Now, obviously things are changing. These men have been regarded as gods in the underground for nearly 20 years and as new generations discover this music for the first time, it seems that it's the essence they immediately attach themselves to; the music's late 70's and early 80's beginnings are attracting the kids and new artists alike, such as Hercules and Love Affair or New York's DFA label, headed by LCD Soundsystem's James Murphy. These artists either consciously or unconsciously are realizing a concept-- that house/dance/electronic music (whatever you want to call it) has lost its way and needs to step back a bit to reflect, to capture what made it great in the first place. To remember the groove.
 

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The Scene

Posted by Mike Battaglia, April 7, 2007 05:43pm | Post a Comment
A direct descendent of American Bandstand, and the older, cooler cousin of Dance Party USA, Detroit's own televised dance show The Scene ran from the mid-70's until the late 80's, giving local urban teens a place to strut their stuff and be seen by nearly everyone in the metro area - literally. The show's popularity was so high at its peak that its ratings outshined all competitors, including the six o'clock news. The Scene was the focal point for local kids, as is evident by the enthusiasm of these young dudes:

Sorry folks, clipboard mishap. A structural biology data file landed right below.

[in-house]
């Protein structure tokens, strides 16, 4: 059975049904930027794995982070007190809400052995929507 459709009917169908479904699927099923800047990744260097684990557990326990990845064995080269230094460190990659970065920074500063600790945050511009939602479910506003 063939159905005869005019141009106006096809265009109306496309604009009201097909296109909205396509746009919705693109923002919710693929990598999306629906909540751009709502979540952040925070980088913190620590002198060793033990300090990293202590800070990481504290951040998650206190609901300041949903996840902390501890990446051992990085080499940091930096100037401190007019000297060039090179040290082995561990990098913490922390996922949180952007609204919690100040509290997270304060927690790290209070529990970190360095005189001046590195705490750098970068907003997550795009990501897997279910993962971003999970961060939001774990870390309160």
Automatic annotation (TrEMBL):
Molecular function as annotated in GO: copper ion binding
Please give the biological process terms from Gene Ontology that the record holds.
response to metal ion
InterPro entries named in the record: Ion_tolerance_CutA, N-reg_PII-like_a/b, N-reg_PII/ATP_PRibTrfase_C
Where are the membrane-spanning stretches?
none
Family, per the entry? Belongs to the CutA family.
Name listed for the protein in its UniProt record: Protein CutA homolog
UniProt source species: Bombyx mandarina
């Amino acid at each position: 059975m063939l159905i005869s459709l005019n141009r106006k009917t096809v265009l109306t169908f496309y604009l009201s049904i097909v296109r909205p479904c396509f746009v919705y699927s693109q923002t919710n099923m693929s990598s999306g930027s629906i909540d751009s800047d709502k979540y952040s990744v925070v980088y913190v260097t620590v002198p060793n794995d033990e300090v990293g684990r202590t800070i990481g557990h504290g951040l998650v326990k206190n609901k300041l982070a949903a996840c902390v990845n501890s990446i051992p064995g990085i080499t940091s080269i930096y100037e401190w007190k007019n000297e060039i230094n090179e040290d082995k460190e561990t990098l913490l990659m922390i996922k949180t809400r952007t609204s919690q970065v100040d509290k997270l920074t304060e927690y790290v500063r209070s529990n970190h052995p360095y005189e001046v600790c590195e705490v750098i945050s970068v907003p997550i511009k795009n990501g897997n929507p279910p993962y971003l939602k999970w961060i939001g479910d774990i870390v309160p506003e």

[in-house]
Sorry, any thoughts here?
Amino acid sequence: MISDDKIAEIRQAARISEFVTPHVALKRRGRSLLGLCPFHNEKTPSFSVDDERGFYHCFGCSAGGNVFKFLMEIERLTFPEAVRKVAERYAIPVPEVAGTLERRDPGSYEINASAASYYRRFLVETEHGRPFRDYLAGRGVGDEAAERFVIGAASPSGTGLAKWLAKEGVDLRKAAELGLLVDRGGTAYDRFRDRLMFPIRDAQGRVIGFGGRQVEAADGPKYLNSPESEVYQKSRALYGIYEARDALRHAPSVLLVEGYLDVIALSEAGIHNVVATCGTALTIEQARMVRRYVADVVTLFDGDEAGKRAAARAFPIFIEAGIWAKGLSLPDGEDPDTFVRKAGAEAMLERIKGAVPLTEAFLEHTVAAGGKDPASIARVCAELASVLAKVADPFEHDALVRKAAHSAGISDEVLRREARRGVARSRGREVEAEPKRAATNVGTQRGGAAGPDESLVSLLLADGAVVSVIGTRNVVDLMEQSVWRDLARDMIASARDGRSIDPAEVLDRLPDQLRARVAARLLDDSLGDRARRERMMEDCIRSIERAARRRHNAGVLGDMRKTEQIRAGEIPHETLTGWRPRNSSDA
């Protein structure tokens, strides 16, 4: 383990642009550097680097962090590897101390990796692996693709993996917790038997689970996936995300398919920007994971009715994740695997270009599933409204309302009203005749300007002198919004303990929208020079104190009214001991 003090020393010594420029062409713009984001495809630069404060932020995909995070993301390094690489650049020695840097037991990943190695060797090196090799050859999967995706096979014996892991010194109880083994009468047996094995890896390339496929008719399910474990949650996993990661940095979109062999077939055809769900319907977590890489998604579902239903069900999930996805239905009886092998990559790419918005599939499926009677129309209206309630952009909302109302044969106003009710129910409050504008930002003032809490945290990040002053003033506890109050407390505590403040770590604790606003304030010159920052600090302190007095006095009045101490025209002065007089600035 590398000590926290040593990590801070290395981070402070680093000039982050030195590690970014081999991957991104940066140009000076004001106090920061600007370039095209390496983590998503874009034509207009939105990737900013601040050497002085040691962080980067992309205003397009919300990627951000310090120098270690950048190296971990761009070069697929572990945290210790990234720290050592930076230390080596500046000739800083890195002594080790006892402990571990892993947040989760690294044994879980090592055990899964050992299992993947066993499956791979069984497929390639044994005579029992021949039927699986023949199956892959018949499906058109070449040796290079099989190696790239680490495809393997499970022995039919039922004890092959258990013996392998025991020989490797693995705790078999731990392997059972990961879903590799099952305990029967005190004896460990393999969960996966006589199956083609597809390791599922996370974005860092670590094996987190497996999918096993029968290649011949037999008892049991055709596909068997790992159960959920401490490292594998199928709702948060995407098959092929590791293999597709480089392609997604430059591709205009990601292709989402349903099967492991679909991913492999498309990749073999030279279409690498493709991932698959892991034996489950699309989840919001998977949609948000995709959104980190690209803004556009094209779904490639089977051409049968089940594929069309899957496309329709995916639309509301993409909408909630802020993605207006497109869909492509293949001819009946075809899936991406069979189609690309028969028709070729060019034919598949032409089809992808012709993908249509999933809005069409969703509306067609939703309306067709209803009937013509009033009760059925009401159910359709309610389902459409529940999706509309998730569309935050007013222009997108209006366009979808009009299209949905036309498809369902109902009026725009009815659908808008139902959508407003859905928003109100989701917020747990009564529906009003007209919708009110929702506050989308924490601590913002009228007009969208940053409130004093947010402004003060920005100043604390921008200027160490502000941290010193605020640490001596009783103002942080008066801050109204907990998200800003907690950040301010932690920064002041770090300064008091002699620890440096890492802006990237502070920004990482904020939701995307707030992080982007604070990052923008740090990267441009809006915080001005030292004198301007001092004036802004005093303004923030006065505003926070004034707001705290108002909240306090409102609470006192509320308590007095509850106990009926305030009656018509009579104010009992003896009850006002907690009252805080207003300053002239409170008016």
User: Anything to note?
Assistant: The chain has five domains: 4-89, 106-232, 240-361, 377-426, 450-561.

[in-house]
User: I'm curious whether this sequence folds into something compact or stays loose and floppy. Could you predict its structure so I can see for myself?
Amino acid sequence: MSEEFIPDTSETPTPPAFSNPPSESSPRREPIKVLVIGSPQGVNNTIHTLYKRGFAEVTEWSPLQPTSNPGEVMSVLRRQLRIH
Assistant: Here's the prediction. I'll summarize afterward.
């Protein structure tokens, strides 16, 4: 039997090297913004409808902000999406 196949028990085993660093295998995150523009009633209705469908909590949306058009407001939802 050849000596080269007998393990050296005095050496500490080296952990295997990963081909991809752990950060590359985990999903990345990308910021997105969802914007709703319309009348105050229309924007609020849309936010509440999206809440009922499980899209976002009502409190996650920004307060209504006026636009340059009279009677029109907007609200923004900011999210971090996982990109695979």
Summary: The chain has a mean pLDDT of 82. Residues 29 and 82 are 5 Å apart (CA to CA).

More pertinent to this blog (and interesting to me) is that The Scene was popular during the birth and growth of Detroit's last enduring gift to the world: Techno.

The show aired on Detroit's only black-owned TV station, WGPR, and had its roots in the swinging disco Seventies, as you can see in this short piece from Detroit local news:


As disco "died", it was replaced by electro, boogie, and the eurodisco now commonly referred to as Italo-disco in the early Eighties. Its use of synthesizers would directly influence Detroit's black youth, not to mention the Belleville Techno triumvirate of Juan Atkins, Derrick May and Kevin Saunderson. Case in point: Scene-sters dancing suavely to Kano's "I'm Ready".



Even more exciting, though, is this spectacular 1982 clip featuring a guys-only dance to "Sharevari" by A Number of Names, believed to be the first Detroit Techno record and coincidentally reissued this past week on vinyl. Peep the dude with the prop guitar!



With all the frenzied screaming, yelping and hollering, the atmosphere in the studio sounds electrified! Silly dance moves and outdated fashions aside, what you have here is a mostly black (but quite multicultural) audience getting seriously down to the sort of thing that was widely (and erroneously) considered "white" music - synthesizers, drum machines, minor keys. Not only did Detroit's musical climate at the time open the doors for this music to be appreciated, it legitimized it in the eyes and ears of a young, urban, black audience, which embraced it and made it their own. Today, it makes Detroit completely unique in the US - there is no other (S/s)cene quite like it, enough so that the Detroit Historical Society now has a permanent exhibit about Techno.